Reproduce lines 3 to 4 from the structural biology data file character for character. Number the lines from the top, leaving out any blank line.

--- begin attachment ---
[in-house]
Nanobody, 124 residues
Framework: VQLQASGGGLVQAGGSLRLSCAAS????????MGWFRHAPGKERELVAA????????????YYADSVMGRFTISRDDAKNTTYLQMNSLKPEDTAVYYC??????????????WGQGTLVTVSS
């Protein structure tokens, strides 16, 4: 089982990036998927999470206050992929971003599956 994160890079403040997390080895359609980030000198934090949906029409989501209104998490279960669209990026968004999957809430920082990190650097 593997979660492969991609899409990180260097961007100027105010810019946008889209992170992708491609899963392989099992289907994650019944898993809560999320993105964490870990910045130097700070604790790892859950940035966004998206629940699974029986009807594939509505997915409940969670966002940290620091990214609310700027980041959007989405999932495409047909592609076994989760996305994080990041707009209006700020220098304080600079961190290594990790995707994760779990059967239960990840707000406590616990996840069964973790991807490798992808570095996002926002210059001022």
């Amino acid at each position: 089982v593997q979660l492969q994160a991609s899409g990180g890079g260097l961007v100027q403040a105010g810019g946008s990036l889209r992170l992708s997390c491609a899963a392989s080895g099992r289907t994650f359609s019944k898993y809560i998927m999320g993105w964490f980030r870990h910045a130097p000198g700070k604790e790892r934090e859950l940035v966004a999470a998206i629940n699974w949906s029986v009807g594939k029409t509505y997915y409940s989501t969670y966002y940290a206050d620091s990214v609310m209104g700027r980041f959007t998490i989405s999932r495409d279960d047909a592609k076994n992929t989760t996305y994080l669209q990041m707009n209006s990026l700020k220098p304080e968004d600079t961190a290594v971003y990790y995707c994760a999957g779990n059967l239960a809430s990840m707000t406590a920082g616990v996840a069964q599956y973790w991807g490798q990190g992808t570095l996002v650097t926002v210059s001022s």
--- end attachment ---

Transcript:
Framework: VQLQASGGGLVQAGGSLRLSCAAS????????MGWFRHAPGKERELVAA????????????YYADSVMGRFTISRDDAKNTTYLQMNSLKPEDTAVYYC??????????????WGQGTLVTVSS
């Protein structure tokens, strides 16, 4: 089982990036998927999470206050992929971003599956 994160890079403040997390080895359609980030000198934090949906029409989501209104998490279960669209990026968004999957809430920082990190650097 593997979660492969991609899409990180260097961007100027105010810019946008889209992170992708491609899963392989099992289907994650019944898993809560999320993105964490870990910045130097700070604790790892859950940035966004998206629940699974029986009807594939509505997915409940969670966002940290620091990214609310700027980041959007989405999932495409047909592609076994989760996305994080990041707009209006700020220098304080600079961190290594990790995707994760779990059967239960990840707000406590616990996840069964973790991807490798992808570095996002926002210059001022």